Watermelon Mojitos

Whatever the origins, this refreshing cocktail has island-hopped its way north steadily (helped by the fact that it was one of Ernest Hemingway’s favorite tipples), and here on Long Island it is acquiring a local flavor.

 

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The story of mojitos is as muddled as the spearmint, lime and sugar that go into this classic Cuban rum drink. Was it an antidote for scurvy given to Sir Francis Drake’s sailors by the West Indian natives back in the days of conquests and pirates?

Was it a tonic against the backbreaking labor of slaves in the cane fields? Was it the solution to soften the rough edges of that newly distilled West Indian liquor: rum?

Whatever the origins, this refreshing cocktail has island-hopped its way north steadily (helped by the fact that it was one of Ernest Hemingway’s favorite tipples), and here on Long Island it is acquiring a local flavor.

In its original form a mojito is a muddle of sugar, lime and mint, topped with light rum and sparkling soda water. In this Next-Great-Long Island-Summer-Cocktail version by Cameron Prather, the mojito is partnered with the cool sweetness of an iconic summer fruit—watermelon—as well as Long Island’s own Sag Harbor Rum and a bracing splash of LiV Orange Sorbetta Liqueur. Cameron suggests using whatever mint you have growing in your garden.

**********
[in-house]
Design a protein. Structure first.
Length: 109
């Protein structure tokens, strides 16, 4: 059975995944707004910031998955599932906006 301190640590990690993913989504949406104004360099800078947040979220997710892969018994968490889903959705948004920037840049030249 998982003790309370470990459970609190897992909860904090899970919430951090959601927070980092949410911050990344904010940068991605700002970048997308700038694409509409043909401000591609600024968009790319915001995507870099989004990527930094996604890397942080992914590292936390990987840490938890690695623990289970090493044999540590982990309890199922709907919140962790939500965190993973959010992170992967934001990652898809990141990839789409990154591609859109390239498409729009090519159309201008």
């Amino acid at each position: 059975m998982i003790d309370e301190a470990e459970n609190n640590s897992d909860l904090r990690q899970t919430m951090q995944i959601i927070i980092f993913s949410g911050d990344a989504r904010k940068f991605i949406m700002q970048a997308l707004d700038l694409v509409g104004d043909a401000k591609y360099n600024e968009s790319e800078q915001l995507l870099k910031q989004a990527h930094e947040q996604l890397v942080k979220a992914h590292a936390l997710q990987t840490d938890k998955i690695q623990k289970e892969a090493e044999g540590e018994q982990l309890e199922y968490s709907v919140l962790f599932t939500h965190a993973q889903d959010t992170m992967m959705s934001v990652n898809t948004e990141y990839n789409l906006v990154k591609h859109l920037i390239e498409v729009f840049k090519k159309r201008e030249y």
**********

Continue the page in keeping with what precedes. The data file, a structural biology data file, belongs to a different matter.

Watermelon Mojitos
Recipe by Cameron Prather
10 sprigs fresh mint
½ cup sugar
½ cup water
¼ of a medium watermelon
14 ounces Sag Harbor Rum
2 ounces LiV Orange Sorbetta Liqueur
Juice of 3 limes

Heat sugar and water until sugar is dissolved. Add 5 mint sprigs, let steep and cool.
Cut the fruit of the watermelon into chunks, remove seeds and puree in a food processor.
Roll up and smash the remaining sprigs of mint. I like to use the side of a chef’s knife. Add them to a pitcher, along with the mint/sugar syrup, watermelon puree, Sag Harbor Rum, Orange Sorbetta Liqueur and lime juice.Stir well and pour into ice-filled highball glasses. Garnish with mint and fruit.
Yields 4 cocktails

 

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Natalia de Cuba Romero writes from her home in Massapequa Park, and chronicles simple seasonal recipes for the produce she gets as a Restoration Farm member at hotcheapeasy.wordpress.com. She is a full-time lecturer at Nassau Commmunity College.